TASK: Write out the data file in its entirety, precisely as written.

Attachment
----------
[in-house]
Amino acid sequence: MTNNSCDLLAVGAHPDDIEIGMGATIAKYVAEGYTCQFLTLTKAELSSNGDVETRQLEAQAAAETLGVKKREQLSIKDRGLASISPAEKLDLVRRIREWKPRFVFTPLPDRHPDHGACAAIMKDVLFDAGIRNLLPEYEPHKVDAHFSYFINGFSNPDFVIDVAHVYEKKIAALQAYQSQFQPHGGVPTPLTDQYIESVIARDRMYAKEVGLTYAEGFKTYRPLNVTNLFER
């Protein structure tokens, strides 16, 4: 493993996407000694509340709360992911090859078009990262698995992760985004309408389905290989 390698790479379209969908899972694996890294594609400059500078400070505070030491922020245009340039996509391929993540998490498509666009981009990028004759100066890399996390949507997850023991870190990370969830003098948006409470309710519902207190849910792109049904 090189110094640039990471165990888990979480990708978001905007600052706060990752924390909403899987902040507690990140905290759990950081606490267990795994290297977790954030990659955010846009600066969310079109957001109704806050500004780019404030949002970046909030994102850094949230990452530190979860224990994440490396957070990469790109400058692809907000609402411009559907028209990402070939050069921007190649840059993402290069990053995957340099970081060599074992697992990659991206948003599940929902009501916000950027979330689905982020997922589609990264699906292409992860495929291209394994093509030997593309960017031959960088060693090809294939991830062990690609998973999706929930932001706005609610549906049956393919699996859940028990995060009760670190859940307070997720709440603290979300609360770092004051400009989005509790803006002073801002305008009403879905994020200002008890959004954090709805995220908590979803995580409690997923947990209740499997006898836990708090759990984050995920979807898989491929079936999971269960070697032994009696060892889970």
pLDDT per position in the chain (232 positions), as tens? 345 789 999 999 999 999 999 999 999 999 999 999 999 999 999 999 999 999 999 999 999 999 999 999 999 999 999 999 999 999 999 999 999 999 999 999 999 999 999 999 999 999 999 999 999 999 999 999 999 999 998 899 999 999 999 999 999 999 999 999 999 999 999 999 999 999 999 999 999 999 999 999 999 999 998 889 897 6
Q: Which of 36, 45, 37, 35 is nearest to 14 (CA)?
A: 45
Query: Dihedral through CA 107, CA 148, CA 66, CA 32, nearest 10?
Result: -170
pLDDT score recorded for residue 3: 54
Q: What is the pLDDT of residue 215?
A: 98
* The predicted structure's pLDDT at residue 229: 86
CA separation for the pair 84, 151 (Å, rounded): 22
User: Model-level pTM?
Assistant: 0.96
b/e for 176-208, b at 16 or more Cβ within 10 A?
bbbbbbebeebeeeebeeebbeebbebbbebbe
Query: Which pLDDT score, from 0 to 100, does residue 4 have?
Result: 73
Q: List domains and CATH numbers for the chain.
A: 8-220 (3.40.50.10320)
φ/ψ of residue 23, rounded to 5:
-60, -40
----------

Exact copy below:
[in-house]
Amino acid sequence: MTNNSCDLLAVGAHPDDIEIGMGATIAKYVAEGYTCQFLTLTKAELSSNGDVETRQLEAQAAAETLGVKKREQLSIKDRGLASISPAEKLDLVRRIREWKPRFVFTPLPDRHPDHGACAAIMKDVLFDAGIRNLLPEYEPHKVDAHFSYFINGFSNPDFVIDVAHVYEKKIAALQAYQSQFQPHGGVPTPLTDQYIESVIARDRMYAKEVGLTYAEGFKTYRPLNVTNLFER
């Protein structure tokens, strides 16, 4: 493993996407000694509340709360992911090859078009990262698995992760985004309408389905290989 390698790479379209969908899972694996890294594609400059500078400070505070030491922020245009340039996509391929993540998490498509666009981009990028004759100066890399996390949507997850023991870190990370969830003098948006409470309710519902207190849910792109049904 090189110094640039990471165990888990979480990708978001905007600052706060990752924390909403899987902040507690990140905290759990950081606490267990795994290297977790954030990659955010846009600066969310079109957001109704806050500004780019404030949002970046909030994102850094949230990452530190979860224990994440490396957070990469790109400058692809907000609402411009559907028209990402070939050069921007190649840059993402290069990053995957340099970081060599074992697992990659991206948003599940929902009501916000950027979330689905982020997922589609990264699906292409992860495929291209394994093509030997593309960017031959960088060693090809294939991830062990690609998973999706929930932001706005609610549906049956393919699996859940028990995060009760670190859940307070997720709440603290979300609360770092004051400009989005509790803006002073801002305008009403879905994020200002008890959004954090709805995220908590979803995580409690997923947990209740499997006898836990708090759990984050995920979807898989491929079936999971269960070697032994009696060892889970």
pLDDT per position in the chain (232 positions), as tens? 345 789 999 999 999 999 999 999 999 999 999 999 999 999 999 999 999 999 999 999 999 999 999 999 999 999 999 999 999 999 999 999 999 999 999 999 999 999 999 999 999 999 999 999 999 999 999 999 999 999 998 899 999 999 999 999 999 999 999 999 999 999 999 999 999 999 999 999 999 999 999 999 999 999 998 889 897 6
Q: Which of 36, 45, 37, 35 is nearest to 14 (CA)?
A: 45
Query: Dihedral through CA 107, CA 148, CA 66, CA 32, nearest 10?
Result: -170
pLDDT score recorded for residue 3: 54
Q: What is the pLDDT of residue 215?
A: 98
* The predicted structure's pLDDT at residue 229: 86
CA separation for the pair 84, 151 (Å, rounded): 22
User: Model-level pTM?
Assistant: 0.96
b/e for 176-208, b at 16 or more Cβ within 10 A?
bbbbbbebeebeeeebeeebbeebbebbbebbe
Query: Which pLDDT score, from 0 to 100, does residue 4 have?
Result: 73
Q: List domains and CATH numbers for the chain.
A: 8-220 (3.40.50.10320)
φ/ψ of residue 23, rounded to 5:
-60, -40